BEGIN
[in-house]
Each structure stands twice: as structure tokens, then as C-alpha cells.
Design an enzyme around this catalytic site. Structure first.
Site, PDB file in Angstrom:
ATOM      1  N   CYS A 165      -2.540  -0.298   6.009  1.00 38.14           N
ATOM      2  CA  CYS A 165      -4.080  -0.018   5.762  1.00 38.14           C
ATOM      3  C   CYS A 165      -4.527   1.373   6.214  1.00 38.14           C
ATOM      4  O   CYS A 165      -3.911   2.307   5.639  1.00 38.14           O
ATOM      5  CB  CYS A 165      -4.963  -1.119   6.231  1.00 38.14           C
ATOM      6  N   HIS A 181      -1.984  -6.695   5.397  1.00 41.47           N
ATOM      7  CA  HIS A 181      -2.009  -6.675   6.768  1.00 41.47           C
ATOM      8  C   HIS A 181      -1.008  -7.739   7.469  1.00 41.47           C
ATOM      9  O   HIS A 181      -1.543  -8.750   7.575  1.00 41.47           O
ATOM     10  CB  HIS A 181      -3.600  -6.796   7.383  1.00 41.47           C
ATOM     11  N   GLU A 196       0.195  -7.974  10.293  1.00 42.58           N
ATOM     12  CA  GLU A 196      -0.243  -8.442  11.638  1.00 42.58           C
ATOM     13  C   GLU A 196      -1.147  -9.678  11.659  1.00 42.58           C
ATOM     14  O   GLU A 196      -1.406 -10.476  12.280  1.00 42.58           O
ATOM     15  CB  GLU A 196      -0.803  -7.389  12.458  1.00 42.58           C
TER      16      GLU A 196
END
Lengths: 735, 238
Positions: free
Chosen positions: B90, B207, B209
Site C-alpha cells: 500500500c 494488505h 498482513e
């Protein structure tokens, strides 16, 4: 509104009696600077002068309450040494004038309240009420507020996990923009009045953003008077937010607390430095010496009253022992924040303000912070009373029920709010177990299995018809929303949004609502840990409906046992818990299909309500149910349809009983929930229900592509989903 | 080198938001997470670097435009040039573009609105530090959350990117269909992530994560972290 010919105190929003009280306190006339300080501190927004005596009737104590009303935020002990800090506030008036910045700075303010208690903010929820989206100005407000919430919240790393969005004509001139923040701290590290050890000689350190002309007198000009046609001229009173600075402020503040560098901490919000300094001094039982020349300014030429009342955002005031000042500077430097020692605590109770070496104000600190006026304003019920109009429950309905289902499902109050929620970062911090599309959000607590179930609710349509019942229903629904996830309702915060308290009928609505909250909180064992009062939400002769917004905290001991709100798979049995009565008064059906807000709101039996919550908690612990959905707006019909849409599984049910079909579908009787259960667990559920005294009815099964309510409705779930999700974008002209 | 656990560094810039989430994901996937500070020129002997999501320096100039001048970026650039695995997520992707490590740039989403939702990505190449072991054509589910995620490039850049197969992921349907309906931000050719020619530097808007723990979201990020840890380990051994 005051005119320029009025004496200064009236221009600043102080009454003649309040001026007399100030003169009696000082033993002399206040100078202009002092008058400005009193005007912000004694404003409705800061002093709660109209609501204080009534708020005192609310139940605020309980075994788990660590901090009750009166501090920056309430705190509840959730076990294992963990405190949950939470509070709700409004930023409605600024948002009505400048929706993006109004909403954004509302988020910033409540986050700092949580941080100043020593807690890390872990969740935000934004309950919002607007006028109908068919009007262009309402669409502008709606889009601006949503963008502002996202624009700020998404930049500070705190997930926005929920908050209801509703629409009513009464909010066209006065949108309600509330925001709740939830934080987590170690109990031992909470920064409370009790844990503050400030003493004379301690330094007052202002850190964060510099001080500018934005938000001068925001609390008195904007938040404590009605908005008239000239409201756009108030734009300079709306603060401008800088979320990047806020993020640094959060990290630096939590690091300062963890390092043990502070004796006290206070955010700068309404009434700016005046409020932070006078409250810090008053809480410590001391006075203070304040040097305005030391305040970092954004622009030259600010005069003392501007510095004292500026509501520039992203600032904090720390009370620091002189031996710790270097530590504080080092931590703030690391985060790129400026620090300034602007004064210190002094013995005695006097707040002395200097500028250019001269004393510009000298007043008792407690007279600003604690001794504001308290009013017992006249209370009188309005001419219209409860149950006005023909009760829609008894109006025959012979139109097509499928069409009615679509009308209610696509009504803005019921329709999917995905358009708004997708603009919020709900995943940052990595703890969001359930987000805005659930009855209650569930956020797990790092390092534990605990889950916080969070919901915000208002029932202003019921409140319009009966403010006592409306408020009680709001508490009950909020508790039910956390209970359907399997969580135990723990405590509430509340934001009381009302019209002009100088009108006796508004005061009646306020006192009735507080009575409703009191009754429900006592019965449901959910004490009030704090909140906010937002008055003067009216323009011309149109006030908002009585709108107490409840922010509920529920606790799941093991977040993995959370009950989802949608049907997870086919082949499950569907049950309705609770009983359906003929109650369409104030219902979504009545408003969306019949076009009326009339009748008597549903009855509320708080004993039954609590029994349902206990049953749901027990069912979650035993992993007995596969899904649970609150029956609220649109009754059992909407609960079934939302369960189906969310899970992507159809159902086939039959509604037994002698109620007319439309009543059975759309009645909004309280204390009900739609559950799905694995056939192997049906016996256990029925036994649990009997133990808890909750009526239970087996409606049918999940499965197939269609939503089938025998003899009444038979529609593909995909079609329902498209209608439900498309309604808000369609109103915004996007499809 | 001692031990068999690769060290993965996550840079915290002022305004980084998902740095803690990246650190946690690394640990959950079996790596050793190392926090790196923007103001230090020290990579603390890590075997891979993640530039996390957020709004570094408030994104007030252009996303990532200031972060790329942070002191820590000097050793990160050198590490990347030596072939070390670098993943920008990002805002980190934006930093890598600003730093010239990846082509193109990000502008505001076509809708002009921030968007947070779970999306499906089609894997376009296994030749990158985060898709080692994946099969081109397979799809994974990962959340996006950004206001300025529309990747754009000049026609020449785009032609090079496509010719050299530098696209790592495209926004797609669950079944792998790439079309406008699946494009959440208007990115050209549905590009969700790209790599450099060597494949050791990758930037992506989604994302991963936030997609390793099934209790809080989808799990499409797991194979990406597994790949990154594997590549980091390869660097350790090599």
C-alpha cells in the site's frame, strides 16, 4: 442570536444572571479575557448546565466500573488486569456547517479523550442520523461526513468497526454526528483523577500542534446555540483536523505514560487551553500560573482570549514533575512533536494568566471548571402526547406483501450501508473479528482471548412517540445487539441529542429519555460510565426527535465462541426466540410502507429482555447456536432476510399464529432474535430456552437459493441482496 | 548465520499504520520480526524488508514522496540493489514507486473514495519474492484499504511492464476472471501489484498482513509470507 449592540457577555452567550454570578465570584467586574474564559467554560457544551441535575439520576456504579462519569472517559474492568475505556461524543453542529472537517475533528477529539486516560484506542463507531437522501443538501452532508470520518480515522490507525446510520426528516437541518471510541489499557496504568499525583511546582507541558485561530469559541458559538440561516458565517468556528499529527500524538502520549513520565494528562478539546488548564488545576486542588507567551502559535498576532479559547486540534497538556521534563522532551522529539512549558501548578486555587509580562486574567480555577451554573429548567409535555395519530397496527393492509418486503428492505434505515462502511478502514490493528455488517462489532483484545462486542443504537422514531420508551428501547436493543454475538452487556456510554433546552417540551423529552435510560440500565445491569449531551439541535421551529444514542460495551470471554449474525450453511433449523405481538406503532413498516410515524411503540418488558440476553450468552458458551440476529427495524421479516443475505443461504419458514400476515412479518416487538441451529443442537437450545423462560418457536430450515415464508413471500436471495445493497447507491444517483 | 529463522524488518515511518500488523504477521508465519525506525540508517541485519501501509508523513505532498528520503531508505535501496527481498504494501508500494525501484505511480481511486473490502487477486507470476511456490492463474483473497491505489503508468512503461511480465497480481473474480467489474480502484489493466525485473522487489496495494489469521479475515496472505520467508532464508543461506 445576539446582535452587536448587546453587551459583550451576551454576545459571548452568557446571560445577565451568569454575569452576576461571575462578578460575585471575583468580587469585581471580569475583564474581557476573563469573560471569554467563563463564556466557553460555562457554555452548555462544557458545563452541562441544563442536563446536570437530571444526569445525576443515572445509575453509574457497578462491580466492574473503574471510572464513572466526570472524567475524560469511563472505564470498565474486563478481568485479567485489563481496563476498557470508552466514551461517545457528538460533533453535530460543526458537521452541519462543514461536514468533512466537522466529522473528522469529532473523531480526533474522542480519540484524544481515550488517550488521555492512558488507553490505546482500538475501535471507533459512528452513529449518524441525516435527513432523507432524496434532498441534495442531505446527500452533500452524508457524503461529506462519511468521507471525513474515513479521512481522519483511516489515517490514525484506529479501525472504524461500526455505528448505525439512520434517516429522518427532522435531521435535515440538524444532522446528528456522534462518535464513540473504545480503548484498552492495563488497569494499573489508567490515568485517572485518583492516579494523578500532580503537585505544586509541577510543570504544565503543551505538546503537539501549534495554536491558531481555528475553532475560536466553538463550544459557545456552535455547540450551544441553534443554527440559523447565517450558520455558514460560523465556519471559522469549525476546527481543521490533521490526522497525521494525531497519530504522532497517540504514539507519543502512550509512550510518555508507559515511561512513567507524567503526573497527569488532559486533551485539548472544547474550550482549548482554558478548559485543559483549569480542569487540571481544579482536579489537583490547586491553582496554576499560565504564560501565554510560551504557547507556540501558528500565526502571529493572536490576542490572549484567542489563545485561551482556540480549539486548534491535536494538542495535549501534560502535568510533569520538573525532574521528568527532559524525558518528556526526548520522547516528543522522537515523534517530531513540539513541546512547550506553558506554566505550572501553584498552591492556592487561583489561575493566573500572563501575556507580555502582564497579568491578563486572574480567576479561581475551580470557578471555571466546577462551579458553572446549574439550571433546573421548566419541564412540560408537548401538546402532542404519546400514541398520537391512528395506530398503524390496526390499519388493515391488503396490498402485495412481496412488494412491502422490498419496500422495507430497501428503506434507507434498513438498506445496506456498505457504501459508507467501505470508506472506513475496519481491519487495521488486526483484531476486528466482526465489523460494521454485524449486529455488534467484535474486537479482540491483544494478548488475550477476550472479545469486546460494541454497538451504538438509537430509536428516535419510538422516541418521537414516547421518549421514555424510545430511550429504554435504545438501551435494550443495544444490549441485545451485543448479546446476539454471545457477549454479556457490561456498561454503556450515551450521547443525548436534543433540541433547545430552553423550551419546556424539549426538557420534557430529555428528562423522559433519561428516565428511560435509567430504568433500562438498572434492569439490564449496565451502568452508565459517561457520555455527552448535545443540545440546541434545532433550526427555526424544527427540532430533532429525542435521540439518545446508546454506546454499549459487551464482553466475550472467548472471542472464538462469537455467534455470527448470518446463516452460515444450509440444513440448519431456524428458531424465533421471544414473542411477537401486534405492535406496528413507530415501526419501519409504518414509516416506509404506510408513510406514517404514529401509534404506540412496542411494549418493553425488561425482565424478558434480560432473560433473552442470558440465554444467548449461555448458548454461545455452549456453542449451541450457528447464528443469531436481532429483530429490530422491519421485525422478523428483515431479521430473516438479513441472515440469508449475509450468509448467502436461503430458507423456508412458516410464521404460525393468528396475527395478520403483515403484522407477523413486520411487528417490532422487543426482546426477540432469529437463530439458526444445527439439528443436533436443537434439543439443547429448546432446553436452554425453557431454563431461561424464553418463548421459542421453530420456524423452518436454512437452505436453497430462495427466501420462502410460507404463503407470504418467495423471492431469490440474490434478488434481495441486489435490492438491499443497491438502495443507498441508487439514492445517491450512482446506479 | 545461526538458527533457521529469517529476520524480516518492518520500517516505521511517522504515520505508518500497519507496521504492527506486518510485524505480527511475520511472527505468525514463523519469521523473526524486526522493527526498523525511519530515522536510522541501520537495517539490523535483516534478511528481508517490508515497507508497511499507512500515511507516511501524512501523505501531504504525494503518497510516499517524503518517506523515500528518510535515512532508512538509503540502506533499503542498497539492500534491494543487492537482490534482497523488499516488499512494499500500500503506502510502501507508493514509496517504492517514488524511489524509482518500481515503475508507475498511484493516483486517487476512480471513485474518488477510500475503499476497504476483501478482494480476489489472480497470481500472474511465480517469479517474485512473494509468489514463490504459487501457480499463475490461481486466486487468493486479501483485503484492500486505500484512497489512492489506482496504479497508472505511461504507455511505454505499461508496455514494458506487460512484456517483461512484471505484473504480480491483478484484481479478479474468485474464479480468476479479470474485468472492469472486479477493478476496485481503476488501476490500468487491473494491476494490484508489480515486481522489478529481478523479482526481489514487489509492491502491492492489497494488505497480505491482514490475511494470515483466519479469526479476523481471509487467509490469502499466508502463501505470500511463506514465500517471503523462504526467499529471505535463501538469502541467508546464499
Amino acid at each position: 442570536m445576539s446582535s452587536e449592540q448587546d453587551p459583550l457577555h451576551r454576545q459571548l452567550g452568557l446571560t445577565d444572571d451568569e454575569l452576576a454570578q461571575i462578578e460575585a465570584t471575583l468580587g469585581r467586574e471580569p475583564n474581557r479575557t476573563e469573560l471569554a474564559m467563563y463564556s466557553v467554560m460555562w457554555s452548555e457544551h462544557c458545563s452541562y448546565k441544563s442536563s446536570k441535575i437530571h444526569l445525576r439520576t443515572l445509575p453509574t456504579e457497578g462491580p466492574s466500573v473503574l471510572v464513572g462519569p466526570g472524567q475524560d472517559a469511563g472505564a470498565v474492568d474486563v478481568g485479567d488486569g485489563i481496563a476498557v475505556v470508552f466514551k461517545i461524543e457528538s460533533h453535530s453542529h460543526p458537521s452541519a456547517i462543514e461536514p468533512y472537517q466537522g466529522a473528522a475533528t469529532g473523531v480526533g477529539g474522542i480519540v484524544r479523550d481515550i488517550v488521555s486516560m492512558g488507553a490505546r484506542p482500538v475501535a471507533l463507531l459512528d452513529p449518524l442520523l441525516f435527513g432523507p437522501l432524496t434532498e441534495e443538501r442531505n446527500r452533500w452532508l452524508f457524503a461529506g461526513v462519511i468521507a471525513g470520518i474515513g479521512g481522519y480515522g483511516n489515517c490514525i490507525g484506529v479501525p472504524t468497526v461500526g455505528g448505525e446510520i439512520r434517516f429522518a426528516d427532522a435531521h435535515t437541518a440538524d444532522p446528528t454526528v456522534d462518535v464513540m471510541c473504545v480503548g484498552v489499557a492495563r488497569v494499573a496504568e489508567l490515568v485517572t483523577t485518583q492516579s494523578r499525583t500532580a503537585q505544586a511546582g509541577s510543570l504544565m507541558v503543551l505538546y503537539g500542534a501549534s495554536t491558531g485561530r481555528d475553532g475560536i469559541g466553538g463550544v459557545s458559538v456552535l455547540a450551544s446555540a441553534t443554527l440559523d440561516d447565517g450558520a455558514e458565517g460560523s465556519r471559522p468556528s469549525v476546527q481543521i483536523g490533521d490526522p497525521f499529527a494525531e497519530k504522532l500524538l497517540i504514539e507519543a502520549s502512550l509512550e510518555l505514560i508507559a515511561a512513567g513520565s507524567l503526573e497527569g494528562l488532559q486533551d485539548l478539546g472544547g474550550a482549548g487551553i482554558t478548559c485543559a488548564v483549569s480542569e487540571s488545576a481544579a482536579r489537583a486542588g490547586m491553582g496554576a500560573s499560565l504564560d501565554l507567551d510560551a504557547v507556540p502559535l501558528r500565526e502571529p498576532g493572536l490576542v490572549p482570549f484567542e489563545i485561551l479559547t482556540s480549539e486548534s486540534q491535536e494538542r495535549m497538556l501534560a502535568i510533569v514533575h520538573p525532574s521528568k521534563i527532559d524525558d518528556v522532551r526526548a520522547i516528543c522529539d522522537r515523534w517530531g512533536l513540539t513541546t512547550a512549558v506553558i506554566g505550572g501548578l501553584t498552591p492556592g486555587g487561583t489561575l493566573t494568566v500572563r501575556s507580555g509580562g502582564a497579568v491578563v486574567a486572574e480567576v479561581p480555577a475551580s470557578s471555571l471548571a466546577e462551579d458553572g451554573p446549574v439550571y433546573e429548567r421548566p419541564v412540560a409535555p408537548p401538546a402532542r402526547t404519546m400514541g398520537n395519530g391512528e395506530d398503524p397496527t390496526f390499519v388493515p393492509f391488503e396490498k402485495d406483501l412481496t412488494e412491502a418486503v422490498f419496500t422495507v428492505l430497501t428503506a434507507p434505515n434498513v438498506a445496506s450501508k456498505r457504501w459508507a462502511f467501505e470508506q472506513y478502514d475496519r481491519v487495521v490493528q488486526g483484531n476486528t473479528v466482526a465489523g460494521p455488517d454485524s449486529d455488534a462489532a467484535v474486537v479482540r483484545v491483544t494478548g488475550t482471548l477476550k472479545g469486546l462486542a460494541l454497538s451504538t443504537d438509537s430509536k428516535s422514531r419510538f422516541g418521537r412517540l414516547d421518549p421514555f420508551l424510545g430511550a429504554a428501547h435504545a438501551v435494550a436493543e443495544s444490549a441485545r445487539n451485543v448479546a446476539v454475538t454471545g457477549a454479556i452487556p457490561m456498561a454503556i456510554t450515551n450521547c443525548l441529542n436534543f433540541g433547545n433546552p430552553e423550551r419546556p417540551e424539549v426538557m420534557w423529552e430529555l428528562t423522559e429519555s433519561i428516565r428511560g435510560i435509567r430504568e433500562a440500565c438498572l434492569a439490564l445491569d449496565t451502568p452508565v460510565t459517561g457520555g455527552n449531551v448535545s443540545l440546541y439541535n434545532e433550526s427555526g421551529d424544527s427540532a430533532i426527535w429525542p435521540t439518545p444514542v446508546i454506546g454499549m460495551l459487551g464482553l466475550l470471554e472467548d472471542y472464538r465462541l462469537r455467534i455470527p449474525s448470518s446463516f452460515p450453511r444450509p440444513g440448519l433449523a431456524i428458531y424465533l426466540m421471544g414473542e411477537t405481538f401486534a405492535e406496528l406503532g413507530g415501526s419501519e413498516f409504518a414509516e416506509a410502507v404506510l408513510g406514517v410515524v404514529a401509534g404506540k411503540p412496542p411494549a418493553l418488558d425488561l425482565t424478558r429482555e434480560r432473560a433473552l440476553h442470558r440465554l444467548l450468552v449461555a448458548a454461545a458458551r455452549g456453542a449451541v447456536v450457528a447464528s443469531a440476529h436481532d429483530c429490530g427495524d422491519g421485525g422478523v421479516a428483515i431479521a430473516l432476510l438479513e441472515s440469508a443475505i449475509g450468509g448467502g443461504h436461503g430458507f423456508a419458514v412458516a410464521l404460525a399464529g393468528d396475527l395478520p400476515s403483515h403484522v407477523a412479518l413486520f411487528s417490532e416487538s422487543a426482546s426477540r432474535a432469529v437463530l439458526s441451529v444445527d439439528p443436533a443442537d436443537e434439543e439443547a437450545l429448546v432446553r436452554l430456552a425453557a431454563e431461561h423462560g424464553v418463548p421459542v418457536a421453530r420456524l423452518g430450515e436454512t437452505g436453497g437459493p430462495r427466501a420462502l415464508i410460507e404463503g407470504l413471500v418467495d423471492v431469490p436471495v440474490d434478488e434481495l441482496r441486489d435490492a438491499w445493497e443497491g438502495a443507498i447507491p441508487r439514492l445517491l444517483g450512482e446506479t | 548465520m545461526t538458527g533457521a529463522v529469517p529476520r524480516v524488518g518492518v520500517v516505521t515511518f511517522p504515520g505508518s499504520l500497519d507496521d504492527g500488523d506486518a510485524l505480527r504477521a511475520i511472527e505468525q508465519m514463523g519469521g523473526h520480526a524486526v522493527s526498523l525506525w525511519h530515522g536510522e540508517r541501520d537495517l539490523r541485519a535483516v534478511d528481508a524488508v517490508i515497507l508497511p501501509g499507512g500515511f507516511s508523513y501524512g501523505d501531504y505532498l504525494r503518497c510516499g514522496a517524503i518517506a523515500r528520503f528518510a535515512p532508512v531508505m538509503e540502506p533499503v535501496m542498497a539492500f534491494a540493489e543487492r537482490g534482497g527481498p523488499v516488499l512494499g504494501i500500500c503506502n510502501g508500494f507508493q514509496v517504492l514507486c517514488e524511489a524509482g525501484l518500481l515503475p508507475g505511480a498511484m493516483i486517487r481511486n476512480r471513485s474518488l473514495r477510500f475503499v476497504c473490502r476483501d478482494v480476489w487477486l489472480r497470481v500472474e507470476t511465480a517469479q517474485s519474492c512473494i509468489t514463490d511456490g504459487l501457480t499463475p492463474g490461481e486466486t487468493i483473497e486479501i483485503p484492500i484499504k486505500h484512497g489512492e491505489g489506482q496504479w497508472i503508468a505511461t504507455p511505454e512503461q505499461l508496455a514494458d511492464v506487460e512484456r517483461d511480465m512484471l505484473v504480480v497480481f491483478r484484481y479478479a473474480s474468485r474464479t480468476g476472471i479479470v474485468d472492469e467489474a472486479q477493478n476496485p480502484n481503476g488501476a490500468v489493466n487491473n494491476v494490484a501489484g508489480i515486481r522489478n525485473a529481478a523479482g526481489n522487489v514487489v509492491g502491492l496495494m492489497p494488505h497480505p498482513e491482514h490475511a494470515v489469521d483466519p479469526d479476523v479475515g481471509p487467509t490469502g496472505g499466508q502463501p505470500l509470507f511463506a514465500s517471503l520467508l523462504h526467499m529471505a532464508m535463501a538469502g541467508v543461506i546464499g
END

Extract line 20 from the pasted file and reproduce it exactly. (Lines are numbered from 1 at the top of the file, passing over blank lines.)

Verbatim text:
TER      16      GLU A 196